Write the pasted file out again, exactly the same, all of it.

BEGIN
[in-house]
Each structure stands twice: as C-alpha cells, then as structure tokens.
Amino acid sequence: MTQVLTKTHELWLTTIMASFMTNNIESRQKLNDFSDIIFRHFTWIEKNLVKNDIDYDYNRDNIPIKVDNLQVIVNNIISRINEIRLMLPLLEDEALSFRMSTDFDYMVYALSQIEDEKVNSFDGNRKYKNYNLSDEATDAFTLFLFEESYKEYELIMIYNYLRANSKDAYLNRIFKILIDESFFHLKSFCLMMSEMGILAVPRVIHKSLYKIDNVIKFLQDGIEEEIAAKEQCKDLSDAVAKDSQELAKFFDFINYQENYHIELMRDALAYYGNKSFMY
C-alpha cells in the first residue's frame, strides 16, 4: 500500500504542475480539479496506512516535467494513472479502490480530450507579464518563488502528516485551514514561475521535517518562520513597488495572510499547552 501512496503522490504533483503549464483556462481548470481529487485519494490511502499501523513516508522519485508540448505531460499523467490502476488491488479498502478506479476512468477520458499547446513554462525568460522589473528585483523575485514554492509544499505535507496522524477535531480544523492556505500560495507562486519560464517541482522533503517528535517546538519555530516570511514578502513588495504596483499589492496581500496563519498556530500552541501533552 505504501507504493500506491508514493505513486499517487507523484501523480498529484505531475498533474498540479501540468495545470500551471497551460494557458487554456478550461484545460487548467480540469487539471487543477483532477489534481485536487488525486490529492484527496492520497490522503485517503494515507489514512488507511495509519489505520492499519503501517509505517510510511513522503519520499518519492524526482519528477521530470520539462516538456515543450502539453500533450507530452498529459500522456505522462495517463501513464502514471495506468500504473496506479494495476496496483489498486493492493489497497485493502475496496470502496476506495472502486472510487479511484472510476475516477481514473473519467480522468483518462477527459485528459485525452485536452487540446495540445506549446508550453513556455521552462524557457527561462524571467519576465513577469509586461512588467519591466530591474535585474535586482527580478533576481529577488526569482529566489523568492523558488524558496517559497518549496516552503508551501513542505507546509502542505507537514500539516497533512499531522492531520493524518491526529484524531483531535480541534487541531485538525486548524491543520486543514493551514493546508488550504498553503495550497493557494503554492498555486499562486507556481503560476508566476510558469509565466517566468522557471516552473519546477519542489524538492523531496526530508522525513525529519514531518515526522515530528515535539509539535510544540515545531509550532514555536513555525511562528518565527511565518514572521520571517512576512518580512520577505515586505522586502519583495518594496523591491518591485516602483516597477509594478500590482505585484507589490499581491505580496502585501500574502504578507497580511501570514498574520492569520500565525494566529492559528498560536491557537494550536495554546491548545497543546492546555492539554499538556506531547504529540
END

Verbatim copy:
[in-house]
Each structure stands twice: as C-alpha cells, then as structure tokens.
Amino acid sequence: MTQVLTKTHELWLTTIMASFMTNNIESRQKLNDFSDIIFRHFTWIEKNLVKNDIDYDYNRDNIPIKVDNLQVIVNNIISRINEIRLMLPLLEDEALSFRMSTDFDYMVYALSQIEDEKVNSFDGNRKYKNYNLSDEATDAFTLFLFEESYKEYELIMIYNYLRANSKDAYLNRIFKILIDESFFHLKSFCLMMSEMGILAVPRVIHKSLYKIDNVIKFLQDGIEEEIAAKEQCKDLSDAVAKDSQELAKFFDFINYQENYHIELMRDALAYYGNKSFMY
C-alpha cells in the first residue's frame, strides 16, 4: 500500500504542475480539479496506512516535467494513472479502490480530450507579464518563488502528516485551514514561475521535517518562520513597488495572510499547552 501512496503522490504533483503549464483556462481548470481529487485519494490511502499501523513516508522519485508540448505531460499523467490502476488491488479498502478506479476512468477520458499547446513554462525568460522589473528585483523575485514554492509544499505535507496522524477535531480544523492556505500560495507562486519560464517541482522533503517528535517546538519555530516570511514578502513588495504596483499589492496581500496563519498556530500552541501533552 505504501507504493500506491508514493505513486499517487507523484501523480498529484505531475498533474498540479501540468495545470500551471497551460494557458487554456478550461484545460487548467480540469487539471487543477483532477489534481485536487488525486490529492484527496492520497490522503485517503494515507489514512488507511495509519489505520492499519503501517509505517510510511513522503519520499518519492524526482519528477521530470520539462516538456515543450502539453500533450507530452498529459500522456505522462495517463501513464502514471495506468500504473496506479494495476496496483489498486493492493489497497485493502475496496470502496476506495472502486472510487479511484472510476475516477481514473473519467480522468483518462477527459485528459485525452485536452487540446495540445506549446508550453513556455521552462524557457527561462524571467519576465513577469509586461512588467519591466530591474535585474535586482527580478533576481529577488526569482529566489523568492523558488524558496517559497518549496516552503508551501513542505507546509502542505507537514500539516497533512499531522492531520493524518491526529484524531483531535480541534487541531485538525486548524491543520486543514493551514493546508488550504498553503495550497493557494503554492498555486499562486507556481503560476508566476510558469509565466517566468522557471516552473519546477519542489524538492523531496526530508522525513525529519514531518515526522515530528515535539509539535510544540515545531509550532514555536513555525511562528518565527511565518514572521520571517512576512518580512520577505515586505522586502519583495518594496523591491518591485516602483516597477509594478500590482505585484507589490499581491505580496502585501500574502504578507497580511501570514498574520492569520500565525494566529492559528498560536491557537494550536495554546491548545497543546492546555492539554499538556506531547504529540